Objective: Determine toxicity and efficacy of autologous hematopoietic stem cell transplantation (HSCT) for patients with chronic inflammatory demyelinating polyradiculoneuropathy (CIDP) who are dependent on intravenous immunoglobulins or plasmapheresis.

Methods: Unselected peripheral blood stem cells were re-infused on day 0 after conditioning with cyclophosphamide 200 mg/kg/intravenously (IV), rATG (thymoglobulin) 5.5 mg/kg/IV, and rituximab 1000 mg/IV.

Results: Sixty-six patients underwent HSCT for CIDP. Data on sixty patients with a mean follow-up of 4.5 years (range 2-5 years) were available for analysis. There were no treatment-related deaths, and overall survival was 97%. Post-transplant immune medication-free remission was 80%, 78%, 76% 78%, and 83% at 1, 2, 3, 4, and 5 years. Ambulation without assistance improved from 33% pre-HSCT to 82% 82%, 81%, 86%, and 83% at 1, 2, 3, 4, and 5 years, respectively. Mean right/left hand grip strength (kg) improved significantly (all p values < 0.01) from 18.1/16.5 pre-HSCT to 26.3/25.4, 29.2/28.2, 28.8/28.6, 30.3/25.5, and 30.8/29.1 at 1, 2, 3, 4, and 5 years, respectively. Average nerve conduction velocity (NCV) (m/s) improved significantly (all p values ≤ 0.001) from a mean of 27.2 pre-HSCT to 33.5, 33.8, 37.7, 38.2, and 38.3 at 1, 2, 3, 4, and 5 years, respectively. Average compound motor action potential (CMAP) (mv) improved significantly (p values ≤ 0.001) from a mean of 3.6 pre-HSCT to 4.6, 4.6, 5.0, 5.1, and 4.1 at 1, 2, 3, 4, and 5 years, respectively.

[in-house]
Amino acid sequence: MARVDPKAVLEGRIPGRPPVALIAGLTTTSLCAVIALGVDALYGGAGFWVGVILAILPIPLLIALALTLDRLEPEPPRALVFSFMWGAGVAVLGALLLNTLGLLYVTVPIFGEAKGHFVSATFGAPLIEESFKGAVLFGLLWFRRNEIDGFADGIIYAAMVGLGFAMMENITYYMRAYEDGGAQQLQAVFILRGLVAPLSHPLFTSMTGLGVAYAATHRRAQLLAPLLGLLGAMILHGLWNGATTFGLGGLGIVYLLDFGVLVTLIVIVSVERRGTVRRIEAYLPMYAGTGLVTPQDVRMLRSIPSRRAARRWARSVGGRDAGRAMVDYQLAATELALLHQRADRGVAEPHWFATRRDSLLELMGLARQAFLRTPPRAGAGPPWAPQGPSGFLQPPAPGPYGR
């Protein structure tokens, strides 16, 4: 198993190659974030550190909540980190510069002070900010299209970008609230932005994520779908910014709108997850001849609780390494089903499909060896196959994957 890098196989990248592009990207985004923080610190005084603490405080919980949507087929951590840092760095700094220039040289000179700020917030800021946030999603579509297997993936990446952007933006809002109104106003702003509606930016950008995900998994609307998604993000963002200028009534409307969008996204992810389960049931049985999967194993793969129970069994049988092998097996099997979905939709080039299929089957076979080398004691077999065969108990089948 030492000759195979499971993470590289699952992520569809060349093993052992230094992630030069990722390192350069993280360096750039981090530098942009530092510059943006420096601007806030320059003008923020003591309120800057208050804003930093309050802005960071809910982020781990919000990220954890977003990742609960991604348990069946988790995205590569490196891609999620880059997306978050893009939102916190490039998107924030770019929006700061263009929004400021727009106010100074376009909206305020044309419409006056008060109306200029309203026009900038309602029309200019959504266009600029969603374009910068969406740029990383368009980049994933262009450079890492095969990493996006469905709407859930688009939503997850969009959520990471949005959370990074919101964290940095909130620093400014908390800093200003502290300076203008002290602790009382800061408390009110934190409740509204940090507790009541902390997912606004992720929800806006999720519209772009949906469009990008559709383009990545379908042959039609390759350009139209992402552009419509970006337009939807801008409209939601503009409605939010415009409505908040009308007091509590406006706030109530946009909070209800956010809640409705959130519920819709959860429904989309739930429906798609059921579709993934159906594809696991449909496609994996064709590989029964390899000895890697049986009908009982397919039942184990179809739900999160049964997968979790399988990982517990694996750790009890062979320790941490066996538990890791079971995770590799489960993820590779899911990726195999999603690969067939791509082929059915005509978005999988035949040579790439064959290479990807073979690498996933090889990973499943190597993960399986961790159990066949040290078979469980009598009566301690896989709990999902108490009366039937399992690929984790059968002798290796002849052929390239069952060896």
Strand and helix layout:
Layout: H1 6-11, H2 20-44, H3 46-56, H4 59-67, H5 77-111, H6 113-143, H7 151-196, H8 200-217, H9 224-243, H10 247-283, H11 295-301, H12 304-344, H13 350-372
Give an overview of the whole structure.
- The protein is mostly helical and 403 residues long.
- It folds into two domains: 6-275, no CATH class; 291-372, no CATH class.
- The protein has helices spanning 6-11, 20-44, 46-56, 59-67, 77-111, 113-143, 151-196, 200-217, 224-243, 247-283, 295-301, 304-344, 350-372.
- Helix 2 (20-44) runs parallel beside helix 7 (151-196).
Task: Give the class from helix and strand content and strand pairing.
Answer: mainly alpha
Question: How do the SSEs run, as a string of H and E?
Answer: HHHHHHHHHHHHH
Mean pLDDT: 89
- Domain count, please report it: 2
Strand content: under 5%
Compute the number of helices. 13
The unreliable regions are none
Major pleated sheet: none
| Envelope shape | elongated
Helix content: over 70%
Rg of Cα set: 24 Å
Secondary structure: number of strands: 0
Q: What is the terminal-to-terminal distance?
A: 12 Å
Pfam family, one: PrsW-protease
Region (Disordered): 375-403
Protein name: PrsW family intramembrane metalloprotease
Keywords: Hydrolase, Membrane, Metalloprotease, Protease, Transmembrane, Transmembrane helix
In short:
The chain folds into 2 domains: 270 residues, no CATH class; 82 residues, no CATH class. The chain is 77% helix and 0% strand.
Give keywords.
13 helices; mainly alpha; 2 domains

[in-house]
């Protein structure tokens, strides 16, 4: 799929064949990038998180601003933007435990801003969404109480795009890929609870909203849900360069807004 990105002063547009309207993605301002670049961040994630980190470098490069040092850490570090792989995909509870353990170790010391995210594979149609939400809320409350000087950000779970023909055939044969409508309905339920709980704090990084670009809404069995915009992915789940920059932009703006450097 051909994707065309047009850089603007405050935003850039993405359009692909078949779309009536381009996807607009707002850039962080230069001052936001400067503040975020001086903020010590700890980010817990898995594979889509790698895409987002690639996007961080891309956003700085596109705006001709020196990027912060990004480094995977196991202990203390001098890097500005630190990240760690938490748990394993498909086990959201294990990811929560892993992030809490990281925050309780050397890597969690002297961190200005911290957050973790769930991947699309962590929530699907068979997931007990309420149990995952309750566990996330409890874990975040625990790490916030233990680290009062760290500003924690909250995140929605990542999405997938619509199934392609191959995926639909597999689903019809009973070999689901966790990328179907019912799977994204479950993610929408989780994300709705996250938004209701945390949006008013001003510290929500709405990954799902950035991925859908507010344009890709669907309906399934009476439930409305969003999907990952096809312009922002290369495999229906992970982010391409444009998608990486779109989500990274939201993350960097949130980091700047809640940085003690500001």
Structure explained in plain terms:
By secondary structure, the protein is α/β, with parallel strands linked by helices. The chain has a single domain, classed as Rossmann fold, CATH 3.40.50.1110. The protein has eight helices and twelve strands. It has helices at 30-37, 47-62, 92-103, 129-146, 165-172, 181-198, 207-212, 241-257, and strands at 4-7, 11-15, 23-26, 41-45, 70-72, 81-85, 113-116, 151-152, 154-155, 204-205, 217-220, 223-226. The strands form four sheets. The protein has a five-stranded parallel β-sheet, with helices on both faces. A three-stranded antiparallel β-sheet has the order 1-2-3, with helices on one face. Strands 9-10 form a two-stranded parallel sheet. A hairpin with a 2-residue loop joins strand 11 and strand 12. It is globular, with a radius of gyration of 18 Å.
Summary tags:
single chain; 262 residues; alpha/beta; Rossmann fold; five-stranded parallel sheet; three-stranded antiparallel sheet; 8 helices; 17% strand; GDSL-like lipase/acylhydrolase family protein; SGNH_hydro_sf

Conclusion: A randomized trial is indicated to verify these results and confirm that HSCT reverses disability and offers long-term immune therapy independence.

Chronic inflammatory demyelinating polyradiculoneuropathy: a role for haematopoietic stem cell transplantation

Autoimmunity. 2008 Dec;41(8):611-5.


Department of Haematology, Guy's and St Thomas' NHS Foundation Trust, Guy's Hospital, London, UK.